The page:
1-2 of 2 results  for:

  • Sculpture and Carving x
  • Eighteenth-Century Art x
  • Ceramics and Pottery x
Clear all


(b Bruges, April 1, 1698; d Bruges, Feb 17, 1781).

Flemish sculptor, architect and potter. He was probably first trained in his father’s carpenter’s workshop; in 1715 he was registered in Bruges as a master carpenter. He then worked with the Ghent sculptor Jan Boecksent (1660–1727), who had been assigned to decorate the Récolets church in Bruges and who was involved in the creation of the academy of Bruges. In 1722 Pulinx was appointed sculptor and decorator of municipal works, and in 1724 he became a member of a confraternity of painters that arose from the dissolution of the academy. During that period Pulinx worked mainly in wood, creating chiefly ecclesiastical furnishings, including some beautiful pulpits in the Watervleit church (1726) and in the Church of St Walburga at Furnes and the Heilig Bloedbaziliek at Bruges (both 1728). During the following decade he seems to have worked exclusively as an architect; among his works were his own house, In den Keerseboom (...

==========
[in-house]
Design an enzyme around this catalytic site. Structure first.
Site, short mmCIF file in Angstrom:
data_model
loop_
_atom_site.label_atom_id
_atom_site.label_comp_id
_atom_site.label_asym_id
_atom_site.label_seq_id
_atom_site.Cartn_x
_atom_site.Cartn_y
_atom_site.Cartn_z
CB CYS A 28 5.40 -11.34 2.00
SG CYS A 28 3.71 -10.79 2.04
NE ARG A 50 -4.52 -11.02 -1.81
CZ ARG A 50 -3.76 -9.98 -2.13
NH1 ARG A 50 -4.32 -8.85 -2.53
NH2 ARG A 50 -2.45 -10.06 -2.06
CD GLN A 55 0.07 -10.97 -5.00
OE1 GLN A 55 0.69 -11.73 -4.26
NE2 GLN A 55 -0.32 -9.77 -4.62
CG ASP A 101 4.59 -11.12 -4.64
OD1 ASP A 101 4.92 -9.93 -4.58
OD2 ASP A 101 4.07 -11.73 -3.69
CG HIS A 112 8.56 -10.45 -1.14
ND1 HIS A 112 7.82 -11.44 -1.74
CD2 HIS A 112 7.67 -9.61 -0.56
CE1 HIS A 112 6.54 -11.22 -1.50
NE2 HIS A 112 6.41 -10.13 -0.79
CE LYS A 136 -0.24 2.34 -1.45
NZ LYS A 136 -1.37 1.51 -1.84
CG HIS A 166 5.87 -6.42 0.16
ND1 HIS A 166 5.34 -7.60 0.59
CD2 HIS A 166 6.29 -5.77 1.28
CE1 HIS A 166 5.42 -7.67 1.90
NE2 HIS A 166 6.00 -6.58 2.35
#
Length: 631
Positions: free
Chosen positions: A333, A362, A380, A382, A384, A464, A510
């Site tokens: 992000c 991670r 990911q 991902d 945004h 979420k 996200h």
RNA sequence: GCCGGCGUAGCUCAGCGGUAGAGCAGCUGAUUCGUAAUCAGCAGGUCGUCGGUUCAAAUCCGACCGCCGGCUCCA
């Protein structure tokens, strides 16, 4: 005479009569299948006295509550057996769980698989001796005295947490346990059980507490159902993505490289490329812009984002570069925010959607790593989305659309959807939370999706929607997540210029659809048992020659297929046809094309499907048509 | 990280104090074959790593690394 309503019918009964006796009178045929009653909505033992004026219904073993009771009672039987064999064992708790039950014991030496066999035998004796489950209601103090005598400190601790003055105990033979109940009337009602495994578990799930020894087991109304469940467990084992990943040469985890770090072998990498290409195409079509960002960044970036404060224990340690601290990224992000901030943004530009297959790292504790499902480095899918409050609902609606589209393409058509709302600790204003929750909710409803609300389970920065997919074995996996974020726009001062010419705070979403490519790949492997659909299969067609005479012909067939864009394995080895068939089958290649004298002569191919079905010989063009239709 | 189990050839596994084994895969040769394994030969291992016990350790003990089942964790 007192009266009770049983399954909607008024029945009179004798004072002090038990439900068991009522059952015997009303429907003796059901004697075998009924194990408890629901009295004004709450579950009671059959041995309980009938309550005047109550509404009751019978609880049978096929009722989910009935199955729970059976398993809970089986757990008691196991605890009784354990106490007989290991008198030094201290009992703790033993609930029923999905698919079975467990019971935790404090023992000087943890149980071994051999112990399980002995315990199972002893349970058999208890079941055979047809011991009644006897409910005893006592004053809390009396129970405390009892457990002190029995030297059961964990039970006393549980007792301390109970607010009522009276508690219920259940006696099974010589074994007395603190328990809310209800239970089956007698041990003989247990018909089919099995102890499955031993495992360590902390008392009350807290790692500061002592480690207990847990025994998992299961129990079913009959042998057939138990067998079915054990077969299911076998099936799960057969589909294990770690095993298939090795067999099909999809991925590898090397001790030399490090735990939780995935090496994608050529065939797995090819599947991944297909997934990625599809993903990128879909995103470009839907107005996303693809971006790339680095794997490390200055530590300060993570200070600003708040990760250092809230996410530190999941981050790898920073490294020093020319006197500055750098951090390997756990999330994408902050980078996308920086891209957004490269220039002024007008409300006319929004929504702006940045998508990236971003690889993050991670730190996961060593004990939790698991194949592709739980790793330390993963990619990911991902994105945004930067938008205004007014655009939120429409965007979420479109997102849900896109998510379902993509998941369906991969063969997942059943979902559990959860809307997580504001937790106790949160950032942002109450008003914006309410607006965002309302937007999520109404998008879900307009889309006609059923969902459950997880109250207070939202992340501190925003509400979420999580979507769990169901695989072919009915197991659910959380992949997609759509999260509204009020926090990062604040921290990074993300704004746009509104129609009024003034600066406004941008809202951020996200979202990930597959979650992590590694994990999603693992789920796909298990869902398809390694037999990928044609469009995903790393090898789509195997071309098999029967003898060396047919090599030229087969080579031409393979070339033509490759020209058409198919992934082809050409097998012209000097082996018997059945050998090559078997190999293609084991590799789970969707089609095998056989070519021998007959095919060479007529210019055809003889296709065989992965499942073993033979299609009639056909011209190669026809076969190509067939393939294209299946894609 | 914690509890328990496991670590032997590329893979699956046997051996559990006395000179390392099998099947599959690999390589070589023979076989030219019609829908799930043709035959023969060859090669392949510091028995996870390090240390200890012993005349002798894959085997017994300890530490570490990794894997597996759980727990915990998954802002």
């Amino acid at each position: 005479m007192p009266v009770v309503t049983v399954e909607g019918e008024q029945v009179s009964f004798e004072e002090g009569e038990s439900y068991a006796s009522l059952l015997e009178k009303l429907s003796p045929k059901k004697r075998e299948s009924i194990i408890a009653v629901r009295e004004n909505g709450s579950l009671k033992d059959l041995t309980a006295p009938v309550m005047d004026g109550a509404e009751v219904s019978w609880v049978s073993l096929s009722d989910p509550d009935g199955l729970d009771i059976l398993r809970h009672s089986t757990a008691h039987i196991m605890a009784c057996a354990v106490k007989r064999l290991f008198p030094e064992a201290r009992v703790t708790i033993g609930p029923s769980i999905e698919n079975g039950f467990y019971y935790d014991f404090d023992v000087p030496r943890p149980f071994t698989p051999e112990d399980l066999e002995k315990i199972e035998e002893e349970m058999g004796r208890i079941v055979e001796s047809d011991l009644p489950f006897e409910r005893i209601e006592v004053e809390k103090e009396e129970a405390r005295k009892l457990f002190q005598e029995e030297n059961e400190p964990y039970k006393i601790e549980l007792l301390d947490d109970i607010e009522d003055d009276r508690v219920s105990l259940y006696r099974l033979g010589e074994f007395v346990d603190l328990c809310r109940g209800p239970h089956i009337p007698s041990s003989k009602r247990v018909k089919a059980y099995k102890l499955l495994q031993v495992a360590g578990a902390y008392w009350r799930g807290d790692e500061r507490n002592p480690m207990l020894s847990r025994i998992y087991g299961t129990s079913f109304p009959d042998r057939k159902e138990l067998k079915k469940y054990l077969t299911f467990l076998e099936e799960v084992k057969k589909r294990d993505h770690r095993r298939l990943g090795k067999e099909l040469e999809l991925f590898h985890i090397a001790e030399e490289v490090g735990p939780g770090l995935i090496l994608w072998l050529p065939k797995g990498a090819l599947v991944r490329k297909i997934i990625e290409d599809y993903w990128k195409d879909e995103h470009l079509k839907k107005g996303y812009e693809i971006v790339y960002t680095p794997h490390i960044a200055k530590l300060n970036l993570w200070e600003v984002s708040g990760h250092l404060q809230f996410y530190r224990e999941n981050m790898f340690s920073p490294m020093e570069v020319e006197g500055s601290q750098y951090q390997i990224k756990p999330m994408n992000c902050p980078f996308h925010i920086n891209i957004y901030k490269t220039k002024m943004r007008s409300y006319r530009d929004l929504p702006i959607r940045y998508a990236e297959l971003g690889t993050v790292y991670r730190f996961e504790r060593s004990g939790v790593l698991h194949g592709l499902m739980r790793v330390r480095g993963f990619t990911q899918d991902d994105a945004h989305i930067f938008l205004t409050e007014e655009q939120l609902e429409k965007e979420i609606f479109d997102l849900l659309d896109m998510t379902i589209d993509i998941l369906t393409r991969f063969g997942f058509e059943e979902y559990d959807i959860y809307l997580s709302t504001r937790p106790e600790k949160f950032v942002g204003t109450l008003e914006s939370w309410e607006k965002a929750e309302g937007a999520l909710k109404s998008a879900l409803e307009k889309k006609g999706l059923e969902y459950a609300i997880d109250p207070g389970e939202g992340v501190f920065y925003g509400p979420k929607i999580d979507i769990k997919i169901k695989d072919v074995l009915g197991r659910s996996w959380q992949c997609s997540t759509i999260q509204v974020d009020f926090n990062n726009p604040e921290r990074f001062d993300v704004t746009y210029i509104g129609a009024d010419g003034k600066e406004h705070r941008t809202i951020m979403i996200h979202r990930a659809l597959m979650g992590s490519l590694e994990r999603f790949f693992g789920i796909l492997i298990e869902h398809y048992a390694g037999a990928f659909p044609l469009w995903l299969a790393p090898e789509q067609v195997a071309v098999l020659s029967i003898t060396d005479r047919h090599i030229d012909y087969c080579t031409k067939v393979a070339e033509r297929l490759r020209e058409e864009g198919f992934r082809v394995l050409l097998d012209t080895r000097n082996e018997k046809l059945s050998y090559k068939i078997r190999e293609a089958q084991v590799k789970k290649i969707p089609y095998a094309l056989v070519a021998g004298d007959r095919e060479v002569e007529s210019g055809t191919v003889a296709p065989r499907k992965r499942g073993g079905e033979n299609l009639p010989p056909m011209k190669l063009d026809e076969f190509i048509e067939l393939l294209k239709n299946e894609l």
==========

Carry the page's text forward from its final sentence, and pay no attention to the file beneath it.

José Meco

(bapt Elvas, May 5, 1700; d ?Oporto).

Portuguese decorative artist and designer. In 1723 he was living in Lisbon; in 1727 he was living in Oporto. He was first known in 1727 as designer of carved and gilded wooden retables for the cathedral of Oporto (destr.) and of the retable (1729) in the chapel of Nossa Senhora da Purificação, church of the College of S Lourenço, Oporto, a monumental Baroque work that fills one end of the transept. In 1734 Rifarto painted in Coimbra the blue and white glazed tiles for the upper storey of the cloister of the cathedral of Oporto and those for the registry of the chapter house (1733), which are of Classical and genre subjects, as well as religious scenes, framed with elaborate High Baroque borders. The panels, composed of medallions with sculptural motifs and Baroque ornament, in the sanctuary of the church of Azurara, Vila do Conde, date from ...